Nick Breeze: Can you give examples of the actions you have taken and what the impact of those changes has been?
Margareth Henriquez: In the case of Krug, what we have seen is that you have almost 1 degree of alcohol more and almost 1g less of acidity, of freshness you see? So you have less freshness and higher alcohol.
This would worry a house like Krug a lot because our obsession and our mission is to create Champagnes that can really go through the passage of time and gain with it. This could worry us but we are not going to wait. Since long ago we started a lot of work, including working our vineyards, working with our soils, the way we fertilise, the organic treatments, and using nothing chemical. Trying to bring the most beautiful expression using the resources we have.
In addition to that, we have changed all our mechanical weeding to electric tractors, so we are sure we don’t add CO2.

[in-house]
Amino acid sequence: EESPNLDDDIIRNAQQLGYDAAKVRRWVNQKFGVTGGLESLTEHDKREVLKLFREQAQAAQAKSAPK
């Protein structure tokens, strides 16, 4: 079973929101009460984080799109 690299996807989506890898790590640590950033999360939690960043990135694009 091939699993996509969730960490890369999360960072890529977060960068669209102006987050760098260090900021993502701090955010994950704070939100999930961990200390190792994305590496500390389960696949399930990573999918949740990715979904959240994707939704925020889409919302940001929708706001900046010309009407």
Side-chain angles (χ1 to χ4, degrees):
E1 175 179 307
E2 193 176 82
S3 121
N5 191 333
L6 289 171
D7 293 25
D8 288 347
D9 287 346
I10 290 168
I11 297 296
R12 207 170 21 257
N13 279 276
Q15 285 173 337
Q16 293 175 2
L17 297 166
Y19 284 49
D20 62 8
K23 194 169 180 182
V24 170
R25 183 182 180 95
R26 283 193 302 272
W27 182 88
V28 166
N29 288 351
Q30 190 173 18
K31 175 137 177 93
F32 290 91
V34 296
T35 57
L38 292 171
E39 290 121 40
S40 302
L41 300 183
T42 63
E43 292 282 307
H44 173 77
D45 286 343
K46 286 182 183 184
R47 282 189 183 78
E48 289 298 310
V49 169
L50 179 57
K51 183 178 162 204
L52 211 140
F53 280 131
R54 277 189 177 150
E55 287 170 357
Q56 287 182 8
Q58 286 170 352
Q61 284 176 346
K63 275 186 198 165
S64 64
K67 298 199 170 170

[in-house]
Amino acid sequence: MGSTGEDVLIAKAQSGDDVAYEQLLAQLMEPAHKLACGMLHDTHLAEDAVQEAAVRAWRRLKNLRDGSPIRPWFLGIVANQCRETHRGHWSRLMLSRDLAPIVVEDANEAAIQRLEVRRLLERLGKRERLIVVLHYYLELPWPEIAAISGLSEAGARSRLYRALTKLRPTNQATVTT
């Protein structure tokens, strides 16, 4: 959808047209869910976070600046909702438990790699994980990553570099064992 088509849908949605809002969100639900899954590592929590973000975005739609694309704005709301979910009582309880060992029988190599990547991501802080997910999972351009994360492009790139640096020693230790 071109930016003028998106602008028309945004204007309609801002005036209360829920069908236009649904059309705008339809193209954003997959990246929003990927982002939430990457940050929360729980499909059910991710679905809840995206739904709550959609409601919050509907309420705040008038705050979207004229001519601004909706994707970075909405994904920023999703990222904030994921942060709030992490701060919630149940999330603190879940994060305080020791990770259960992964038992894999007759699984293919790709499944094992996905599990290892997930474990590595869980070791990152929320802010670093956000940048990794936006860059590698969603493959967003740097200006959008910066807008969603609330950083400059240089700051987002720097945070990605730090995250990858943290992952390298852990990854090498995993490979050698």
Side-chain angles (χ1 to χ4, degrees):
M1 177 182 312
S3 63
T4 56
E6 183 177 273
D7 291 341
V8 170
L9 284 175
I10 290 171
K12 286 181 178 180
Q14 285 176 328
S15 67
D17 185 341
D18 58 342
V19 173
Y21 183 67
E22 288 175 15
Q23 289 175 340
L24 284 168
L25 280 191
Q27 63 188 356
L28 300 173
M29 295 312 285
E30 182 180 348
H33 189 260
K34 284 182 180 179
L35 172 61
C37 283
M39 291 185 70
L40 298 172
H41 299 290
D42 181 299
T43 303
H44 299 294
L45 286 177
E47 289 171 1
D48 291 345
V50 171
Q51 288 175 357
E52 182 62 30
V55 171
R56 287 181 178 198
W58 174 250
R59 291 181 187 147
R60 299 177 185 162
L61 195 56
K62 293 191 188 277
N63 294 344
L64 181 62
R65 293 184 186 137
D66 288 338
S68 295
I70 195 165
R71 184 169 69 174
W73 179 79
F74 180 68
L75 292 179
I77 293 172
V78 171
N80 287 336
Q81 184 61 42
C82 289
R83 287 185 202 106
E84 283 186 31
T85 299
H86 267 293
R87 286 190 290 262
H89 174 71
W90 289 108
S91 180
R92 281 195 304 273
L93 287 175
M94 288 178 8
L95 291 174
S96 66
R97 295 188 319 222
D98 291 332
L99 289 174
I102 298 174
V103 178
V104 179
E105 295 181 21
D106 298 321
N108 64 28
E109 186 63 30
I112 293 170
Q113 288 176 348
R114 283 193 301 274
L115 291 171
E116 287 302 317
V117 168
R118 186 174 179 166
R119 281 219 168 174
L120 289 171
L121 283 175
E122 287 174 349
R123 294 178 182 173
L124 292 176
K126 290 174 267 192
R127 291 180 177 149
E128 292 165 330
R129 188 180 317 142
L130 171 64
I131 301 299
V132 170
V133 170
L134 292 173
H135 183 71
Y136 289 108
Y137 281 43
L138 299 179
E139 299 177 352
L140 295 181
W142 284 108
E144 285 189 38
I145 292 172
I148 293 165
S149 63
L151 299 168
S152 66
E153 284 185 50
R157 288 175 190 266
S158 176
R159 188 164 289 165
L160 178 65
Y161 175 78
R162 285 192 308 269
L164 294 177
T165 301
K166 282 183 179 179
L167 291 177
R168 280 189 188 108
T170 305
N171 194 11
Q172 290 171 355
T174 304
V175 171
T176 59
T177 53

Another thing is that we have become obsessive with the picking date. This is critical. We don’t decide this by analysis anymore. We do this by tasting the berries and there we make our decisions. By doing this we have actually gained freshness. By the time of the declaration of the harvest, we have started already!
So we have gained a little bit in alcohol, 0.2, but we have gained in freshness, 0.3. So we are even better in freshness than we are in alcohol. But it is all [of the processes]. When we talk about our champagnes, our reserve wines are extremely important. We have state of the art little tanks to protect our reserve wines in a very reductive environment, so we guarantee the freshness as never before.
We have never before had this kind of state of the art with 850 tanks when 20 years ago we had 60! So we have made huge progress in the way we work our vineyards and the way we work inside. We have a culture that takes in sustainability, we take care of our water with 30% usage reduction. We have [also] reduced our electricity use. This is all part of our culture of caring for the planet and for nature.